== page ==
In any event, Warren — despite his detailed documentation and the absence of any “smoking gun” in favor of a bridge — was quite tentative in his published conclusions. As a result, Robinson’s original notion, the idea of an extended bridge here connecting the Temple Mount to the upper city, was not put to rest as it might have been.
The real “bridge”. Now, at about the same time and only a few hundred yards to the north, Warren and his fellow PEF explorer Charles Wilson were also documenting the great vault that even then bore the latter’s name: Wilson’s Arch. We are now 99% sure (my favorite phrase!) that this is the real “bridge” of Josephus. But, what did they think they had found? Wilson writes:
On visiting the pool and lighting it up with magnesium wire, I found that it was partly covered by an arch, built with stones of great size, but without mortar, and having a span of 42 feet. The arch, which Sir Henry James has called after my name, is one of the most perfect and magnificent remains in Jerusalem, and its age is probably the same as that of the Sanctuary Wall at the Wailing Place. I was at the time under the impression that the arch connected the Sanctuary with a causeway across the Tyropœon Valley, but Captain Warren’s excavations have since shown that there were a series of arches forming a viaduct which led up towards the palace of Herod on the western hill. (Recovery of Jerusalem, p.16)
The remnants of these structures are known to us today: Wilson’s Arch itself is now part of a busy synagogue space opening off the men’s section of the Western Wall plaza. To the west, medieval vaults, now underground, replace or augment the ancient ones and are shown on the Western Wall Tunnels tour. Further west still is the vaulted “tunnel”, leading northward to el-Wad/ha-Gai Street, a passage traversed by thousands of people every day; one section of it is intact Herodian masonry. Actually, high above Wilson’s Arch, outside the Gate of the Chain off the Haram al-Sharif, bits of the Herodian street that ran on top of the bridge 2,000 years ago are still visible.
Here is what I find quite interesting in the passage quoted above: Wilson understood instinctively that “his” Arch was part of a “causeway” (or bridge) connecting the Temple Mount with the western hill. He even correctly guessed (elsewhere) that this structure had carried Jerusalem’s ancient aqueduct over the central valley. Still, something kept him — at least officially, in print — from relating these structures to the “bridge” of Josephus. Was he dissuaded only by Warren’s “series of arches” discovered further south, as he says, or was another factor perhaps in play?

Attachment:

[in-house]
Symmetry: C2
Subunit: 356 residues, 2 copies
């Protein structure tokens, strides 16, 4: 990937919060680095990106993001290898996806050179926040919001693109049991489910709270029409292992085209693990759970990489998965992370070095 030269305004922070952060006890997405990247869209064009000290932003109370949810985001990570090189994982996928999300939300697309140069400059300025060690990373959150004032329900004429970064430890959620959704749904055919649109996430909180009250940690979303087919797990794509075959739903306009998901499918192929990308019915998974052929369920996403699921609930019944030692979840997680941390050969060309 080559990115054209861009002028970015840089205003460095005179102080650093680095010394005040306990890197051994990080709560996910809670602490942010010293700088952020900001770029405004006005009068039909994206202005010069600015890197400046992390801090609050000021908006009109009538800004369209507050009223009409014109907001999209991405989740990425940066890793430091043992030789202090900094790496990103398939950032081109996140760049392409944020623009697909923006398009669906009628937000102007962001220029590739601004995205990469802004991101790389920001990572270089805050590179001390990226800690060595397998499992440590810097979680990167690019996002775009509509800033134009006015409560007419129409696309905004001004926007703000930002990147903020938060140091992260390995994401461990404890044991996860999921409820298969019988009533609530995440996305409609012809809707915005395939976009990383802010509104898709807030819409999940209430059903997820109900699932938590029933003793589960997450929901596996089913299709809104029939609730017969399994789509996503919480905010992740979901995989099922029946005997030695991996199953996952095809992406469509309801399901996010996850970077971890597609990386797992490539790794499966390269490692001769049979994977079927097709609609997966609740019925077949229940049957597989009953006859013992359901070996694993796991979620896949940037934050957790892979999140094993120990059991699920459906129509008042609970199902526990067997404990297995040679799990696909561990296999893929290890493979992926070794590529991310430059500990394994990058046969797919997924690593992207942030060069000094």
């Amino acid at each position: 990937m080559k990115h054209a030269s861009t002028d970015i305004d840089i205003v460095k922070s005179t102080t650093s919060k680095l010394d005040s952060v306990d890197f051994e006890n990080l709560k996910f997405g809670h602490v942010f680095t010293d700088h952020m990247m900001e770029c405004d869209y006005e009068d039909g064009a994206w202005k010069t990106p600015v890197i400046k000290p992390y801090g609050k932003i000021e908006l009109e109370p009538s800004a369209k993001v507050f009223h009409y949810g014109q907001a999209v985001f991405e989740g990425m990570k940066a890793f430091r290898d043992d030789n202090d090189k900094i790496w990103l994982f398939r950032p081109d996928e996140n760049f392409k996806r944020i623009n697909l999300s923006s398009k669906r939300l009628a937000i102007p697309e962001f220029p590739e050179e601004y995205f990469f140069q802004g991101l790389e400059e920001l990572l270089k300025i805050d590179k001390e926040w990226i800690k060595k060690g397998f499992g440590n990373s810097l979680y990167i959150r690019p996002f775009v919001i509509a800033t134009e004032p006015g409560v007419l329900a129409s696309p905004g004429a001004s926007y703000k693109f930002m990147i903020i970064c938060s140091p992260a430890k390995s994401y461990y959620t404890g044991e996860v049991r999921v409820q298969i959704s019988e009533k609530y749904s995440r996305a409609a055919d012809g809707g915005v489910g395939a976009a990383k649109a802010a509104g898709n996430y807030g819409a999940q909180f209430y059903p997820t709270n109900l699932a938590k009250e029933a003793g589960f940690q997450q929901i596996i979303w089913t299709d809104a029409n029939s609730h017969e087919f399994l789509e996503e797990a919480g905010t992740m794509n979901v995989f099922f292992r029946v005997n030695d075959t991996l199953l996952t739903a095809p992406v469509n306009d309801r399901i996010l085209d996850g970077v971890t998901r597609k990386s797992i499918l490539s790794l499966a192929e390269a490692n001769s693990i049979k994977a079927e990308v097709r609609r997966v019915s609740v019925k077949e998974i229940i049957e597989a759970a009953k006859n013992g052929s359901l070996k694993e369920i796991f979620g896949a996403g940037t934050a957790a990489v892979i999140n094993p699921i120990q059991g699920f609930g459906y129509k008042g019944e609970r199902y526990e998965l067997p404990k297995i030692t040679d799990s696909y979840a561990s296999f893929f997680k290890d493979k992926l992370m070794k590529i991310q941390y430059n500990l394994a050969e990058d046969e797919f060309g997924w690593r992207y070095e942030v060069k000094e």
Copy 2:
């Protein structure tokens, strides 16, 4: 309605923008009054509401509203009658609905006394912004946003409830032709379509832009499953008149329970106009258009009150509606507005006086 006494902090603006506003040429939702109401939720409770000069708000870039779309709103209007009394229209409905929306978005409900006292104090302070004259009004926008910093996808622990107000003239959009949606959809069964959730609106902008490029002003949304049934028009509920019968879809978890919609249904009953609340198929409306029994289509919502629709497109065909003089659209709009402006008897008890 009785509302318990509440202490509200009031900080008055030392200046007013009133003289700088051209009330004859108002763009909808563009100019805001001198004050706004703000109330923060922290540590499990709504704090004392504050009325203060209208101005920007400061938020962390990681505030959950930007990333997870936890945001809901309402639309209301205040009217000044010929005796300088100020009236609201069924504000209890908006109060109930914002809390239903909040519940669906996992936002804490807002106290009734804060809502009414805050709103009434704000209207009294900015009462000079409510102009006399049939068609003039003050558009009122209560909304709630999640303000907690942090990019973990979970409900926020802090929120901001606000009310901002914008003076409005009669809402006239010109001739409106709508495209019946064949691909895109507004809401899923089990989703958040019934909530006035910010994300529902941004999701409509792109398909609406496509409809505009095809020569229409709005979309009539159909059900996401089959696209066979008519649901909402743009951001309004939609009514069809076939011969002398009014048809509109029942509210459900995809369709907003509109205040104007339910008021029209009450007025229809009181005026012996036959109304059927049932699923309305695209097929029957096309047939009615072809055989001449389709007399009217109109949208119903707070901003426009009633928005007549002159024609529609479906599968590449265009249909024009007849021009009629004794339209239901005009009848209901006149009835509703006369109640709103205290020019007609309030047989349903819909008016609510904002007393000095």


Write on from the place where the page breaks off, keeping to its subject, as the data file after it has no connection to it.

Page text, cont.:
Indeed, Wilson and Warren state directly, in the same work, that “Robinson’s Arch leading over to the upper city … appears undoubtedly to be the bridge over which Titus parleyed with the Jews after he had taken the Temple [Josephus, War 6:325]” (Recovery of Jerusalem, p.310).
Even in the late 20th century, Israeli archaeologists, from their extensive excavations around the southwestern corner of the Temple Mount, claimed to have “disproved” the bridge theory. Well, no, it was really Warren, a hundred years earlier! It’s just that the notion became so entrenched in people’s thinking — and maybe that of Warren himself! — that nobody was paying enough attention to the actual evidence.
To give the Israeli excavators their due, they have now given us a picture of the true function of Robinson’s Arch: it was part of a monumental staircase that connected a gate in the Temple Mount’s outer precincts with the Herodian street far below. It’s undoubtedly what Josephus had in mind in another place, Antiquities 15:410, where he states that one of the western gates of the Temple cloisters “… led to the other city, where the road descended down into the valley by a great number of steps…” The “other city” we would understand as the Lower City. The “road” descending by “many steps”, then, seems to be a description of the great staircase itself or the long, stepped street proceeding down the central valley toward Siloam, or both. Together, they gave the most direct access to the Lower City from the Temple Mount.
To sum up, it would appear that Robinson’s stature was such that his original interpretation of an extended bridge at the southwestern corner of the Temple Mount — in spite of all the other accumulating evidence — simply held sway, unchallenged. Hence, the elaborate drawing of Beaumont which appeared several decades later: The Bridge that Never Was.